Dr. Xocototzin Herrera, History Professor at EL Camino College, will introduce Dr. Argelia Andrade.

 


 

Saturday, November 12th, 2016

7:30 p.m.

Marsee Auditorium

ECC GUITAR PROGRAM

ECC BIG BAND

Commemoration Concert

The concert will be the official closing event of the 80th Anniversary of the Spanish Civil War International Conference at El Camino College.  The program features students from the guitar program (Directed by Prof. Jon Minei) and the 19-piece Concert Jazz Band (Directed by Dr. Alan Chan), with works including guitar and big band music with Spanish influences and from the swing era.

 


 

Month of November, 2016

ECC Library Hall

Constatino Suárez, Adolfo Armán and Florentino López Fernández “Floro”

Photography Exhibition

“Three Photographers from the Different Contending Sides in the Spanish Civil War” (1936-1937) 

This exhibition shows black and white pictures shot between the summer of 1936 and the winter of 1937 in the towns of Oviedo and Gijón, in northern Spain, during the first twenty months of the Spanish Civil War (1936-1939).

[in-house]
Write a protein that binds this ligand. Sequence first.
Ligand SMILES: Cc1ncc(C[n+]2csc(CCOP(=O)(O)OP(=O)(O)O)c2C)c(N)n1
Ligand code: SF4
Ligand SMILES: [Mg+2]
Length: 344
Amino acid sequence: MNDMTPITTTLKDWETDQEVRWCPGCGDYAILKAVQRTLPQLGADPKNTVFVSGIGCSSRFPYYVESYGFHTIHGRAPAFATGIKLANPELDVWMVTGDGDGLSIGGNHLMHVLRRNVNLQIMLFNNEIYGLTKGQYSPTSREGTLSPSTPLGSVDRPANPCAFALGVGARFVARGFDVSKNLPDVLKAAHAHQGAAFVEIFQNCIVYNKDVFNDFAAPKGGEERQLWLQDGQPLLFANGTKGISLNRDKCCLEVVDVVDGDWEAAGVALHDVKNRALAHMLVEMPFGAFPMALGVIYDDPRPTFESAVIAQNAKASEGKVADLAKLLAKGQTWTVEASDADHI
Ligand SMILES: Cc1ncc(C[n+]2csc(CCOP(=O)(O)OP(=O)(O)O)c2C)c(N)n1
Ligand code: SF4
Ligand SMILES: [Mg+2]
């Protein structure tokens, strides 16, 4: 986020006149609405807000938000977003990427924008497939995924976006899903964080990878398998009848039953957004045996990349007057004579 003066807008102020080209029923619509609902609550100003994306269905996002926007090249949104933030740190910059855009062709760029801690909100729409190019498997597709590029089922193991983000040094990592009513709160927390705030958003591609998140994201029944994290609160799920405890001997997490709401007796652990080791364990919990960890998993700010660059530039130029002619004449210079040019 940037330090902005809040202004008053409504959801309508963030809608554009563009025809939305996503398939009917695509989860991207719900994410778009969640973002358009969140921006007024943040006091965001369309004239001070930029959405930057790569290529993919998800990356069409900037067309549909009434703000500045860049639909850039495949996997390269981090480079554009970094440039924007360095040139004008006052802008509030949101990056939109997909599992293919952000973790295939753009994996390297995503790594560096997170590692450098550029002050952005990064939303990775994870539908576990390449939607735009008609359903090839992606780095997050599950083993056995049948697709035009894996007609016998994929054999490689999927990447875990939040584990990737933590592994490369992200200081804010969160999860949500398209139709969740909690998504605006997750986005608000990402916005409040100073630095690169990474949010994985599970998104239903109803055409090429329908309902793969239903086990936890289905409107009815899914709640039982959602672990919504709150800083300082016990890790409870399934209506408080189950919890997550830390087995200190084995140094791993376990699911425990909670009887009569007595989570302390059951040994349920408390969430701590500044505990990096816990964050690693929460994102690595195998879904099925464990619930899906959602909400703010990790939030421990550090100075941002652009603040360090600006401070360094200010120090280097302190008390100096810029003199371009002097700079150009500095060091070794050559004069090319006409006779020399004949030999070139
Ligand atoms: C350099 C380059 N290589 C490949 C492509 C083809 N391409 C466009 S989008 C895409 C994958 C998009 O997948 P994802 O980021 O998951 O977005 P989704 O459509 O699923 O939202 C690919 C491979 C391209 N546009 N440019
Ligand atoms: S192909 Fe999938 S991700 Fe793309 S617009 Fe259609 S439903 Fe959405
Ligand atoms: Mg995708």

Photography Exhibition

Two photographers, Adolfo Armán and Florentino López Fernández "Floro" , show in their pictures the civilian population of Oviedo,  the volunteers and the troops resisting the attacks of the enemy and going on their daily life in the besieged town.  Oviedo was the only town that took up the arms against the legitimate Republican government in the region. There are also shots of the aftermath of air raids and artillery attacks over the town, and the ruins of buildings, which were later used for propaganda purposes.In Constantino Suárez´s photos of his hometown, Gijón, we can perceive the echoes of the photographic vanguards of the 1920 and 1930s. They are more artistic, but they reflect the wish of the photographer to document the life of the population in the Loyalist town, which would be the last stronghold of the Republic in the north, before the collapse of that front in the fall of 1937.  Oviedo and Gijón are a mere 14 miles away from each other. The photos were carefully selected from the collections held at the MUSEO DEL PUEBLO DE ASTURIAS (Gijón, Spain) and ARCHIVO MUNICIPAL DE OVIEDO (Oviedo, Spain), who have generously lent the images to El Camino Community College for the exhibition.

 

Last Published 12/21/16